“Michael Hudson thinks he has identified a culprit for inflation: $4.5 Trillion in illegal loans by the Fed to three Wall Street banks”.
You are misrepresenting what Hudson said. I get it is a long discussion. I get that there was a discussion of the violations of Dodd-Frank. But if you actually read carefully he explicitly distinguished between this alleged manufactured liquidity crisis and what he saw was the drivers of inflation.
You have a terrible habit of providing a link to what would otherwise be an important discussion and then totally misrepresenting what your own source said.
“Getting rid of them might actually help reduce new housing costs.”
Now this might be true but there was this JohnH who kept hammering the reason lumber prices were high was not related to tariffs but rather due to some incredible oligopoly power in the lumber sector. Could you please tell that other JohnH to stop contradicting you?
Thanks pgl for the opening to talk about monopoly in lumber markets:
“Take lumber, whose pricing increased dramatically earlier this year. As Sandeep Vaheesan pointed out, there’s a very clear predatory pricing monopoly story here. In the early 2000s, Ross-Simmons Hardwood sued lumber giant Weyerhaeuser Co. A key cost for lumber mills is the price of logs, and Ross-Simmons accused Weyerhaeuser of artificially paying more for logs to drive competitors out of business. This practice was similar to Uber incurring losses to subsidize the cost of rides to underprice taxis and capture the market, only in this case it was Weyerhaeuser incurring losses to keep the price of logs higher than they should be.
As Vaheesan put it, this behavior changed the market. “Why invest in sawmills,” he asked, “if dominant players will buy up necessary inputs as a means of crushing the margins of competitors?” Though a jury agreed that Weyerhaeuser was engaged in predatory conduct, in 2007, the Supreme Court ruled in favor of Weyerhaeuser. And whaddya know, during the pandemic lumber prices spiked, even as tree growers didn’t see the benefit. More broadly, this ruling undermined small producers in capital heavy industries, who had less of a reason to invest in capacity.
This decision, like many others, was part of a forty year trend of facilitating monopolies. It wasn’t necessarily done in bad faith; policymakers followed the lead of economists, who believed dominant firms were dominant because they were efficient. This faith in efficiency over all else meant that the public structuring of markets to force resiliency – aka regulation – was illegitimate. So too were attempts to use public rules like tariffs to retain domestic production of key goods.”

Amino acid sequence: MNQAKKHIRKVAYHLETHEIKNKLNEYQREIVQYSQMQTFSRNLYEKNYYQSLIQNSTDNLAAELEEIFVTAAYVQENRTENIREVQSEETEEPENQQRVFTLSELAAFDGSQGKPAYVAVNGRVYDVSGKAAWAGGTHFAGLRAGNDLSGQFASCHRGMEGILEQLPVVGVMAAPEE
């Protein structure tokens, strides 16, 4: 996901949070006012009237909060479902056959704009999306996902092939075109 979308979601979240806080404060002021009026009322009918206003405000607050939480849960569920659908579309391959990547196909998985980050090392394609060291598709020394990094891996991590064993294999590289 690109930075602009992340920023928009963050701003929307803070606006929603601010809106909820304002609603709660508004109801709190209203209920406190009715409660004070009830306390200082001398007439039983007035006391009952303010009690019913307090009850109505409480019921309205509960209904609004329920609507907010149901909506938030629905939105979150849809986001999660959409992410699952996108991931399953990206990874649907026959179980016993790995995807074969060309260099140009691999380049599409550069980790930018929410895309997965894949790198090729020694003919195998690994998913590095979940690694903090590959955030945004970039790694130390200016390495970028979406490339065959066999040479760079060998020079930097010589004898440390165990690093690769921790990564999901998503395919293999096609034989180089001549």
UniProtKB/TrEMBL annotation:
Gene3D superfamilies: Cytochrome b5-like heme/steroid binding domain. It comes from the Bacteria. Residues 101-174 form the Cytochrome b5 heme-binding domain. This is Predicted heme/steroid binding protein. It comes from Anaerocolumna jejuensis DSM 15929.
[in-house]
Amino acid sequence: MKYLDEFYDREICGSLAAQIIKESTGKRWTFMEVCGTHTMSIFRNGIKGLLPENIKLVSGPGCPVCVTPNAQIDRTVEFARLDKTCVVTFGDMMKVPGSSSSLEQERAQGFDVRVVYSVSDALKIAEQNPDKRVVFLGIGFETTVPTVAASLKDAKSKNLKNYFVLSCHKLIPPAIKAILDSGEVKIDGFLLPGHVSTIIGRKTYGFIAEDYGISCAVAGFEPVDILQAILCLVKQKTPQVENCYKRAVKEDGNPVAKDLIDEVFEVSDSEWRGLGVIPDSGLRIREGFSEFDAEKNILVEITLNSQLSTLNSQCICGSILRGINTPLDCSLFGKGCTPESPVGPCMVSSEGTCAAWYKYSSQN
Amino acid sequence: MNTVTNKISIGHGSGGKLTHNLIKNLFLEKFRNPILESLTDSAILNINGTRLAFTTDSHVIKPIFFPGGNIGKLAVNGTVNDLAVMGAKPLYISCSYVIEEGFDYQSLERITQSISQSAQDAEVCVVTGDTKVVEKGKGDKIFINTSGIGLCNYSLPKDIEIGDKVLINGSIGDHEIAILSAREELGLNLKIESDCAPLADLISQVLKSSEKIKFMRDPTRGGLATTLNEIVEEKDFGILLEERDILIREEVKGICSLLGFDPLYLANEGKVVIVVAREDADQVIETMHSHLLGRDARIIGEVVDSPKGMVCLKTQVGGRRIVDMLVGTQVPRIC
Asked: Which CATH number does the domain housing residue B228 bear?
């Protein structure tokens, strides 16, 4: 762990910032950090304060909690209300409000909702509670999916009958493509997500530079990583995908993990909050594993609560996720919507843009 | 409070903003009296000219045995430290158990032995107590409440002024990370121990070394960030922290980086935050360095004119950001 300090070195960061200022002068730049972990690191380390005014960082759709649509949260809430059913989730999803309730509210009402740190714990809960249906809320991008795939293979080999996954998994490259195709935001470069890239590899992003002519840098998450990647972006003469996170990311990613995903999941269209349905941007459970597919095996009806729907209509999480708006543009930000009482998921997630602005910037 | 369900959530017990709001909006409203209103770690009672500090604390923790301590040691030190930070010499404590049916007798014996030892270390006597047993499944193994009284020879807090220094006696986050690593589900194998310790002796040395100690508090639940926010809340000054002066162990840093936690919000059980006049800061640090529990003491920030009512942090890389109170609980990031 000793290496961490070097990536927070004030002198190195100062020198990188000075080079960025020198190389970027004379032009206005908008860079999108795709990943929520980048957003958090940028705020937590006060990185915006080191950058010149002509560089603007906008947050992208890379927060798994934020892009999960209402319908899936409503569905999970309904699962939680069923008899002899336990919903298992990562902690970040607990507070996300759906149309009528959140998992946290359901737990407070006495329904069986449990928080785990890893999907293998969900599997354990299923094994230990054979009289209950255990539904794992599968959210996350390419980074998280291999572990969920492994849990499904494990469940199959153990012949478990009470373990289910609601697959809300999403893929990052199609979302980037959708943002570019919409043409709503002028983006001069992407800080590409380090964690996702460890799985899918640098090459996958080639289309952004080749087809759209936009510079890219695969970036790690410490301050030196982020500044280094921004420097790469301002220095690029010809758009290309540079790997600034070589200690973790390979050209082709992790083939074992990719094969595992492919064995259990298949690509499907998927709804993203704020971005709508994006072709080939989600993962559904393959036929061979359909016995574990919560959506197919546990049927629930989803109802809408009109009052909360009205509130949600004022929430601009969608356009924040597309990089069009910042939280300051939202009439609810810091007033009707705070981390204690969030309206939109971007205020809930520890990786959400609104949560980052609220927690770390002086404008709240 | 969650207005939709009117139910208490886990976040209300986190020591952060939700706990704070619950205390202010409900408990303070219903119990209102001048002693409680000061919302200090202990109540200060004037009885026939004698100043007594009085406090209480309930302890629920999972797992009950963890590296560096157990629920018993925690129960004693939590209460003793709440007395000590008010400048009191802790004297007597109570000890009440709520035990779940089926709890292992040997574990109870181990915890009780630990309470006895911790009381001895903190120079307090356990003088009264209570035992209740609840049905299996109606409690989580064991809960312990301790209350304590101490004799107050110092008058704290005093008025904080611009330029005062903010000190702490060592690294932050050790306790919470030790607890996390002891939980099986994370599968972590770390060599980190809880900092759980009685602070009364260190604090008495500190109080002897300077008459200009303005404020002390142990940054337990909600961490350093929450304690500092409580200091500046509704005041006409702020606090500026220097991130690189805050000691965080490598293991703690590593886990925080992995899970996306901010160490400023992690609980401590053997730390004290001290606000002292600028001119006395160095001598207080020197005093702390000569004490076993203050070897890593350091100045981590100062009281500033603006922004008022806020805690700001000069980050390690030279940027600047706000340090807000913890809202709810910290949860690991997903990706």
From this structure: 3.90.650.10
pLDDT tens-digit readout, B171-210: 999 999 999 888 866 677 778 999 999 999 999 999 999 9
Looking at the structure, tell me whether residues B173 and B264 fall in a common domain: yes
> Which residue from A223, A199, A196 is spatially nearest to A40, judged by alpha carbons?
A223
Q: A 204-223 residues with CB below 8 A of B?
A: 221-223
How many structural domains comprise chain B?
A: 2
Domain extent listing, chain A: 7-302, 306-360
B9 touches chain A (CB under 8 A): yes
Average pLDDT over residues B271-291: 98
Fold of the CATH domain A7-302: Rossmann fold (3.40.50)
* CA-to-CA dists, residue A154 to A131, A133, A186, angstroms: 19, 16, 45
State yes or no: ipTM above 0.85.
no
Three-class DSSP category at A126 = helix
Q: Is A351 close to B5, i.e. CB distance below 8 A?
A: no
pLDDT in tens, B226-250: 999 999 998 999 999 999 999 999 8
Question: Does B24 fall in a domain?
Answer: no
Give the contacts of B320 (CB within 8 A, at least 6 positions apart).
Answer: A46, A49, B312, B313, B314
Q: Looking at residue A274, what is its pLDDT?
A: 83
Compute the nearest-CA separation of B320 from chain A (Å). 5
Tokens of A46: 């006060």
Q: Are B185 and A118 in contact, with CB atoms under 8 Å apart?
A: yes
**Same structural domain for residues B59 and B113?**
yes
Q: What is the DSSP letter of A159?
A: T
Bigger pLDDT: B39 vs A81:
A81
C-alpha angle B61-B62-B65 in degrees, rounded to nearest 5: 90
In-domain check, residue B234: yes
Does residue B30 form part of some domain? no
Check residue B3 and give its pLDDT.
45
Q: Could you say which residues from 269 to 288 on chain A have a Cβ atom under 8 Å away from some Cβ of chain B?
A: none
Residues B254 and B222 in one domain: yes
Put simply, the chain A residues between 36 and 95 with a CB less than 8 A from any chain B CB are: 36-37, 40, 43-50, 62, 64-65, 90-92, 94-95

Strange how economists adamantly refuse to talk about how monopolies are contributing to inflation…IOW, people shouldn’t believe their lying eyes that some highly concentrated industries are clearly engaged in price gouging…inflating prices
Instead they avoid the issue and hide behind the claim that monopolies do not cause inflation, which has some merit … as far as it goes.
I have never denied that we should have more competition for goods like lumber but if you think the steel sector is more competitive than the lumber sector, you are beyond dumb. And yet you dismissed the role of trade protection in affecting steel prices. Consistency has never been your forte.
The court decision in this anti-trust lawsuit is a nice read of how the timber sector works:
Weyerhaeuser was found guilty of anti-trust violations but I guess its lawyers paid off those Federalists at the Supreme Court. Biden needs to pack this court for many reasons.
“This decision, like many others, was part of a forty year trend of facilitating monopolies. It wasn’t necessarily done in bad faith; policymakers followed the lead of economists, who believed dominant firms were dominant because they were efficient. This faith in efficiency over all else meant that the public structuring of markets to force resiliency – aka regulation – was illegitimate.”
BTW Robert Bork is not an economist. You are spouting his view of these things but there is an entire economic literature noting why Bork was wrong. Try reading basic economics sometimes.
I was curious who this Matt Stoller was so I searched for his bio. I guess you did not know you were citing someone endorsed by the Federalist Society:
Odd – that court decision against Weyenhauser was overturned by a bunch of Federalists on the Supreme Court. Maybe we will get Ted Cruz to mansplain all of this to everyone!
Beware of Econ bloggers part II. The following quote is from June…
“However, my view is that the 7% y/y inflation … is not particularly plausible.”
Since then 7% y/y inflation has been quite plausible.
Econned: Well, at the time, I thought that was the case. I didn’t foresee (1) omicron, (2) continued dollar weakness against CNY, (3) the incredible stupidity of so many people refusing to get vaxxed. Count *me* stupid on the latter – I should’ve known better.
Don’t be so hard on yourself. You just didn’t forecast well. That’s it. But most anyone who pays attention is fully aware that not foreseeing other events/impacts/etc is one of the primary reasons so many forecasts go awry in the first place – so I don’t understand your attempted ‘explaination’ other than to make yourself feel good? But maybe you shouldn’t have so brashly asserted that 7% y/y inflation was “not particularly plausible”. But, again, your choice of definitions may differ from others!!!
You should however create a blog post about these two poor projections (how many others are there?) regarding inflation. Especially so considering one of your failed projections was directly criticizing the projections of another. You’ll likely just let the egg run down your face noticed by only a few – that’ll keep moral up!!!
Econned: In the grand scheme of things, I don’t feel bad. After all, I wrote a whole paper in 2005 on how massive trade deficits and binge spending was going to lead to grief, and I think that was a defining event of my generation of US macro people. And contra lots of people, I was right!